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Caregiving Now!

Research, Trends, and Products
By Erin Hansen

Eliminating Immunotoxicants from the Home

With cold and flu season just around the corner, many invest significant time and money in taking measures to boost their immune systems and protect their health through the winter. Ironically, despite all these precautions, it’s not uncommon for people, especially elders, to get sick anyway. However, Debra Lynn Dadd, one of the world’s leading experts on chemical toxicity and author of Home Safe Home, says that cold and flu season may be intensified by exposure to toxic chemicals in our everyday lives. And even worse, these chemicals may actually cause cold and flu-like symptoms.

A healthy immune system recognizes foreign invaders like viruses and bacteria and fights them off. Unfortunately, our bodies are bombarded with toxic chemicals on a daily basis that leave our immune system compromised and vulnerable to infection. Again, this vulnerability is amplified in the systems of elders. Plastics, pesticides and pollutants of all kinds are found in most consumer products, and exposure to them can severely damage our immune systems. According to Dadd, there are so many toxic chemicals that can weaken the immune system that they’re given a special name: “immunotoxicants.”

On the other hand, sometimes what may seem like a cold or flu may actually be chemical poisoning. For example, during the winter, many people turn on their gas heat. Exposure to combustion by-products from burning gas can result in flu symptoms, says Dadd, symptoms not relieved by taking cold or flu medications.

In order to boost the immune systems of our older loved ones and protect their health all winter as much as possible, Dadd recommends five simple steps to eliminating immunotoxicants from the home:

1. Open a window. While the tendency is to keep the windows closed during the winter due to the cold, it’s a good idea to open one every now and then to let any toxic fumes from heaters out and fresh air in.

2. Avoid disinfectants. It’s natural to reach for a can of aerosol disinfectant and spray it everywhere to protect against colds and flu. But disinfectants contain many immunotoxicants. These toxic chemicals reduce the body’s ability to fight off infection from the germs they’re killing. Better to strengthen the immune system and kill germs with hot water or tea tree oil.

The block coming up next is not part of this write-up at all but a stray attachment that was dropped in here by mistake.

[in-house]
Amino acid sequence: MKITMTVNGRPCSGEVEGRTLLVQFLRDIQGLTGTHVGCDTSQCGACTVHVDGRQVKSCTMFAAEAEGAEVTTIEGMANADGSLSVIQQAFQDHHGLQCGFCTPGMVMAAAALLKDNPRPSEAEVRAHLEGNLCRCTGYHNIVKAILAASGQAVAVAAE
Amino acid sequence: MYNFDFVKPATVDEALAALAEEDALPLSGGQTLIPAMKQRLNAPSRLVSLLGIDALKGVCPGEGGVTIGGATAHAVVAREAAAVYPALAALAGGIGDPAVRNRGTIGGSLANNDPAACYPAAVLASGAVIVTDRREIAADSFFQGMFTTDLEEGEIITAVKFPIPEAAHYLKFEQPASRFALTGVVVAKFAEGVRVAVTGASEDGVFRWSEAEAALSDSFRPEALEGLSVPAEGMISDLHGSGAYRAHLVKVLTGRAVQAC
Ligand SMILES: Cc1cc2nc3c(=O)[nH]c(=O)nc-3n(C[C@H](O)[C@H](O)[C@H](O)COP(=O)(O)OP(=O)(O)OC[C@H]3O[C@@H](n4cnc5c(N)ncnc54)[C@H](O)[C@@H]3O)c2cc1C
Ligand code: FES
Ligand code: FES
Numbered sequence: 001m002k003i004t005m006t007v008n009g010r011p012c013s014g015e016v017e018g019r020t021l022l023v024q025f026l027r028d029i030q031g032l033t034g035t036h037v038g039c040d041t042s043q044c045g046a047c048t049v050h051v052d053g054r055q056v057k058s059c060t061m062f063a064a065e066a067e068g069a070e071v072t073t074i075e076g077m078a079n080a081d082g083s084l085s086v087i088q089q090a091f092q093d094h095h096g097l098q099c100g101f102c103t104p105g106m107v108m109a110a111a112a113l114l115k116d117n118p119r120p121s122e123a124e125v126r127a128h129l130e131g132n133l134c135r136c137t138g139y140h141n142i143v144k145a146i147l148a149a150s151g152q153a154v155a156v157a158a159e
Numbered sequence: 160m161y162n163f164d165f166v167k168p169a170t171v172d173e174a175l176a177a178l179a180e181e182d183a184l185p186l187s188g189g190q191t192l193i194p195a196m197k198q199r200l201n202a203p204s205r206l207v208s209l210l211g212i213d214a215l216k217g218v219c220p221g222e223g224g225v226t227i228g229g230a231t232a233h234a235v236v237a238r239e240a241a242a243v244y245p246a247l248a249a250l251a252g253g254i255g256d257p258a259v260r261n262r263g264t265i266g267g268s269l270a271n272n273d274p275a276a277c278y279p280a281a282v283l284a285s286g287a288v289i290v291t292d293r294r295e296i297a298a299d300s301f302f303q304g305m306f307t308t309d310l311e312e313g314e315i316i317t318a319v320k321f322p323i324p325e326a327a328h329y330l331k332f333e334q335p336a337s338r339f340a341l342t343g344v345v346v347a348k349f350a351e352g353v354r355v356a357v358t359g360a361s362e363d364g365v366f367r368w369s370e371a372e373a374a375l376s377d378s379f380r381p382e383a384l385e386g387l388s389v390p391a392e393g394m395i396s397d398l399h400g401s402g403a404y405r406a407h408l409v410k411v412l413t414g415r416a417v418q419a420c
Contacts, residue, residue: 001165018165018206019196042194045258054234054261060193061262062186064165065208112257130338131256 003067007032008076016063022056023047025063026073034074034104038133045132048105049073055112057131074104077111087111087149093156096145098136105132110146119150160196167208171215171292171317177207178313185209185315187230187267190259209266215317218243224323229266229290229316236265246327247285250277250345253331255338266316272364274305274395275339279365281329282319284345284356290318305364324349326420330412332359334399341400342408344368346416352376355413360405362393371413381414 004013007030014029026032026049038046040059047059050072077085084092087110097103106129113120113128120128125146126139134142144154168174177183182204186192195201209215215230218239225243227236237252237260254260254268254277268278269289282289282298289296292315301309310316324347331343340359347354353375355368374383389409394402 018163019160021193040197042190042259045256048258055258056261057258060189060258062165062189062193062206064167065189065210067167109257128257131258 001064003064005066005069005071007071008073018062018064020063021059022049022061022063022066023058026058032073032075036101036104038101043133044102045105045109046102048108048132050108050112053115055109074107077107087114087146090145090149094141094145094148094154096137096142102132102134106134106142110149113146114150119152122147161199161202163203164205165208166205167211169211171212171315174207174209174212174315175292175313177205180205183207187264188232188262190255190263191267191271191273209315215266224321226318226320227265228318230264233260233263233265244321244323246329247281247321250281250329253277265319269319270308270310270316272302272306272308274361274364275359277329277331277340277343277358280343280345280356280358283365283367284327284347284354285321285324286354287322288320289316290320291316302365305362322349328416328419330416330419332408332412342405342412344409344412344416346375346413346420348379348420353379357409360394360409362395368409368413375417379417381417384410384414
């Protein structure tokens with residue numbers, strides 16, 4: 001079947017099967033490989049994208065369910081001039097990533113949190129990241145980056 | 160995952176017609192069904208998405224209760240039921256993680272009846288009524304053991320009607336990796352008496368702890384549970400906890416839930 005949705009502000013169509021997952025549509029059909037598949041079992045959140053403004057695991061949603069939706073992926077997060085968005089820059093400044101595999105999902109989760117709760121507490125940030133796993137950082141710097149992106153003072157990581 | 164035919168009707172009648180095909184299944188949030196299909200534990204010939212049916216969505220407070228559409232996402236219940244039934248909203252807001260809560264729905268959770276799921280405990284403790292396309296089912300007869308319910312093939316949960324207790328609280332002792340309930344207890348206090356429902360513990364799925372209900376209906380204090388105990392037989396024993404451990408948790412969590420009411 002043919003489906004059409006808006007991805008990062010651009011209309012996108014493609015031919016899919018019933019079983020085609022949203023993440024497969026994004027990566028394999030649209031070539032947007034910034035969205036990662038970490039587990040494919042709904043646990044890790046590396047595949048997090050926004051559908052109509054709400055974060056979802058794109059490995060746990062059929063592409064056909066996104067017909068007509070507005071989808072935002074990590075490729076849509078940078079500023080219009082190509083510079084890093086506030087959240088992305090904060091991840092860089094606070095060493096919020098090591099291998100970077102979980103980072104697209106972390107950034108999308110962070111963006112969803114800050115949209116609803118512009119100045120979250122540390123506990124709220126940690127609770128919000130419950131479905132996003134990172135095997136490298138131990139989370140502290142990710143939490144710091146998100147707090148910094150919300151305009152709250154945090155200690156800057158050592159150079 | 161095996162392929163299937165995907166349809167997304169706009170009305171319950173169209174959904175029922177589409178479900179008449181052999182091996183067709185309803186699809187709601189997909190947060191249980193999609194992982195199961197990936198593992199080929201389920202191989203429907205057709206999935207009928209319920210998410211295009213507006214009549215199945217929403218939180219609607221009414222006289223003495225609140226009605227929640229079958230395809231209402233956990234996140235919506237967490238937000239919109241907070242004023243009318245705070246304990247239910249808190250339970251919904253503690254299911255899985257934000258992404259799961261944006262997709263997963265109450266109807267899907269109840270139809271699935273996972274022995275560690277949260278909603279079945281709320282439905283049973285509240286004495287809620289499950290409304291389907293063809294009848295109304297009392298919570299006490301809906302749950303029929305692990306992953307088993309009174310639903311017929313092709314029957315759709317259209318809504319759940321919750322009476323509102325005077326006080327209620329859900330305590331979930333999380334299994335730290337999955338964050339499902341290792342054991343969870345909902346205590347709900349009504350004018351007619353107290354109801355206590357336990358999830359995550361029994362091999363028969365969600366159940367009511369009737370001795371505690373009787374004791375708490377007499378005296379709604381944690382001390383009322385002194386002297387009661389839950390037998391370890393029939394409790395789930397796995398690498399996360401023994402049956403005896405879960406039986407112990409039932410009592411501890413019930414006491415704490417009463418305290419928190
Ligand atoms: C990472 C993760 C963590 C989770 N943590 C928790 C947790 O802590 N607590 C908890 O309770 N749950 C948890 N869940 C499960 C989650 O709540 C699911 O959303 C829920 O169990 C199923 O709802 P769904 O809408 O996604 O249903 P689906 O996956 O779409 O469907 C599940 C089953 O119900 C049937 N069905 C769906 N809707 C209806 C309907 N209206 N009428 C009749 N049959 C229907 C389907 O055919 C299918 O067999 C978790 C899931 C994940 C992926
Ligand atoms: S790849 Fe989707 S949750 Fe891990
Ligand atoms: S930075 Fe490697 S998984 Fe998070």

3. Eliminate nonstick cookware. A study from the Environmental Working Group through West Virginia University found that subjects with a higher level in their blood of a chemical found in Teflon had lower levels of a key protein that helps keep the immune system strong. For better health, try cast iron, clay, porcelain enamel, glass or one of the new PFOA-free “green pans.”

4. Remove permanent markers. These contain many immunotoxicants; use water-based markers instead.

5. Sleep on untreated cotton or linen sheets. All polyester/cotton and permanent-press cotton sheets are treated with a formaldehyde finish that can’t be removed and that can cause runny noses, itchy eyes and other cold or flu-like symptoms.

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Large Print Playing Cards

Large Print Playing Cards

LARGE PRINT AND TALKING ITEMS is a wonderful resource for large-print and talking games and commonly used items for the elderly. They understand that impaired vision and/or compromised dexterity shouldn’t get in the way of enjoying traditional pastimes and carrying out daily activities that we often take for granted. Their inventory includes:

Large Print Playing Cards for Seniors ~ The cards themselves are standard size, but have 1-1/2” numbers. Each suit is a different color, also, to make playing even easier!
Large Print Check & Deposit Register for Seniors ~ Features large print (24-30 point) type. Size is 8-1/2” x 3-1/2.” Contains 40 entry blanks.

Big Button Phone

Big Button Phone

Big Button Photo Phone ~ With this photo phone, your senior can call family and friends by simply touching their picture (there are memory slots for 9 photos that you program with the appropriate #s), making the phone especially useful for a senior who is somewhat forgetful or who has low vision and can focus on images more easily than on numbers. The Photo Phone contains a powerful amplifier that allows incoming volume to be increased up to 20+db . It also features an extra large keypad with high contrast numbers for visibility, tone/pulse dialing, and desk or wall mountability. Dimensions: 1.75 inch H x 7 inch L x 9.5 inch W.